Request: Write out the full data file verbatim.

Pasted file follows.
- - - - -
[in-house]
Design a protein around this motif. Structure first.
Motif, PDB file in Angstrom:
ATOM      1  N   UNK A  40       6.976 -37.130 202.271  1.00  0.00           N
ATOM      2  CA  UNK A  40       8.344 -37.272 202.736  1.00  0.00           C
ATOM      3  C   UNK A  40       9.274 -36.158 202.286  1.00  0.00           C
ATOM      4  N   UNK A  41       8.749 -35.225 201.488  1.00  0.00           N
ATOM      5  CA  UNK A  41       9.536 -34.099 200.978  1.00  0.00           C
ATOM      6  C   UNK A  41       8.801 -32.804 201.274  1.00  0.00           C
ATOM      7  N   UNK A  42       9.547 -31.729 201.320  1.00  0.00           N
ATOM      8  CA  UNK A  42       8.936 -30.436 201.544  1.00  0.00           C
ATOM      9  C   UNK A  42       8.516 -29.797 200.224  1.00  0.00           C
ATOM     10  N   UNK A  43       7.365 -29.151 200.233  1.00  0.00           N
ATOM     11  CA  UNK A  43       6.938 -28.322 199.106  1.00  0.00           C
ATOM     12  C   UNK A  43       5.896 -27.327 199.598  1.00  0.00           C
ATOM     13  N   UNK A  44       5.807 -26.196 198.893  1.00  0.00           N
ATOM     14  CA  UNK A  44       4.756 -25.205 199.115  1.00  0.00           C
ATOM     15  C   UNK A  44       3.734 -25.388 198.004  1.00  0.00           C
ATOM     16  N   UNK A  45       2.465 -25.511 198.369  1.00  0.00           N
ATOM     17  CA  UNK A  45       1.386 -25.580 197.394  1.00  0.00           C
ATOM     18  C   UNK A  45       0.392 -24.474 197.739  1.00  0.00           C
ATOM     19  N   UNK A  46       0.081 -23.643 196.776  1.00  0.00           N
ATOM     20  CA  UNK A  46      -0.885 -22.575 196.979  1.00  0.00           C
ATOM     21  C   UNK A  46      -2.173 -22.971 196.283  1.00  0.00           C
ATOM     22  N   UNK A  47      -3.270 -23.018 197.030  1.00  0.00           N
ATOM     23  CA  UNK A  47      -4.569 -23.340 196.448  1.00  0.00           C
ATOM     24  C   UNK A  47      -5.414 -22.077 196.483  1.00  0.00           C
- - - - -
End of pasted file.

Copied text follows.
[in-house]
Design a protein around this motif. Structure first.
Motif, PDB file in Angstrom:
ATOM      1  N   UNK A  40       6.976 -37.130 202.271  1.00  0.00           N
ATOM      2  CA  UNK A  40       8.344 -37.272 202.736  1.00  0.00           C
ATOM      3  C   UNK A  40       9.274 -36.158 202.286  1.00  0.00           C
ATOM      4  N   UNK A  41       8.749 -35.225 201.488  1.00  0.00           N
ATOM      5  CA  UNK A  41       9.536 -34.099 200.978  1.00  0.00           C
ATOM      6  C   UNK A  41       8.801 -32.804 201.274  1.00  0.00           C
ATOM      7  N   UNK A  42       9.547 -31.729 201.320  1.00  0.00           N
ATOM      8  CA  UNK A  42       8.936 -30.436 201.544  1.00  0.00           C
ATOM      9  C   UNK A  42       8.516 -29.797 200.224  1.00  0.00           C
ATOM     10  N   UNK A  43       7.365 -29.151 200.233  1.00  0.00           N
ATOM     11  CA  UNK A  43       6.938 -28.322 199.106  1.00  0.00           C
ATOM     12  C   UNK A  43       5.896 -27.327 199.598  1.00  0.00           C
ATOM     13  N   UNK A  44       5.807 -26.196 198.893  1.00  0.00           N
ATOM     14  CA  UNK A  44       4.756 -25.205 199.115  1.00  0.00           C
ATOM     15  C   UNK A  44       3.734 -25.388 198.004  1.00  0.00           C
ATOM     16  N   UNK A  45       2.465 -25.511 198.369  1.00  0.00           N
ATOM     17  CA  UNK A  45       1.386 -25.580 197.394  1.00  0.00           C
ATOM     18  C   UNK A  45       0.392 -24.474 197.739  1.00  0.00           C
ATOM     19  N   UNK A  46       0.081 -23.643 196.776  1.00  0.00           N
ATOM     20  CA  UNK A  46      -0.885 -22.575 196.979  1.00  0.00           C
ATOM     21  C   UNK A  46      -2.173 -22.971 196.283  1.00  0.00           C
ATOM     22  N   UNK A  47      -3.270 -23.018 197.030  1.00  0.00           N
ATOM     23  CA  UNK A  47      -4.569 -23.340 196.448  1.00  0.00           C
ATOM     24  C   UNK A  47      -5.414 -22.077 196.483  1.00  0.00           C